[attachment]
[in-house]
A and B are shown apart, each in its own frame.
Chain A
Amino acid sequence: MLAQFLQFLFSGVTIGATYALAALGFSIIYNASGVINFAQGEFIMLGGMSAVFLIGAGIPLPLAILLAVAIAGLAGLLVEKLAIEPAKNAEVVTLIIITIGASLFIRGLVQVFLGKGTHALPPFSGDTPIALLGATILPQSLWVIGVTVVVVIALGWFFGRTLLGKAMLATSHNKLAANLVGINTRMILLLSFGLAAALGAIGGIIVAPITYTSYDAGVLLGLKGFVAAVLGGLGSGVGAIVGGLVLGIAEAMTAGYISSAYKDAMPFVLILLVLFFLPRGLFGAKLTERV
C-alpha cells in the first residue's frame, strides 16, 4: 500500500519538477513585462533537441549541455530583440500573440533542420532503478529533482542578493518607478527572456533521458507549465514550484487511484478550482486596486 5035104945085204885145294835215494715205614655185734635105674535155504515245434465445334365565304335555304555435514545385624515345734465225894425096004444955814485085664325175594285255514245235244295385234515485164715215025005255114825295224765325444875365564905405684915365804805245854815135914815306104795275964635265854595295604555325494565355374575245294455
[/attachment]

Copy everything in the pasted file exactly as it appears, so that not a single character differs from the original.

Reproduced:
[in-house]
A and B are shown apart, each in its own frame.
Chain A
Amino acid sequence: MLAQFLQFLFSGVTIGATYALAALGFSIIYNASGVINFAQGEFIMLGGMSAVFLIGAGIPLPLAILLAVAIAGLAGLLVEKLAIEPAKNAEVVTLIIITIGASLFIRGLVQVFLGKGTHALPPFSGDTPIALLGATILPQSLWVIGVTVVVVIALGWFFGRTLLGKAMLATSHNKLAANLVGINTRMILLLSFGLAAALGAIGGIIVAPITYTSYDAGVLLGLKGFVAAVLGGLGSGVGAIVGGLVLGIAEAMTAGYISSAYKDAMPFVLILLVLFFLPRGLFGAKLTERV
C-alpha cells in the first residue's frame, strides 16, 4: 500500500519538477513585462533537441549541455530583440500573440533542420532503478529533482542578493518607478527572456533521458507549465514550484487511484478550482486596486 5035104945085204885145294835215494715205614655185734635105674535155504515245434465445334365565304335555304555435514545385624515345734465225894425096004444955814485085664325175594285255514245235244295385234515485164715215025005255114825295224765325444875365564905405684915365804805245854815135914815306104795275964635265854595295604555325494565355374575245294455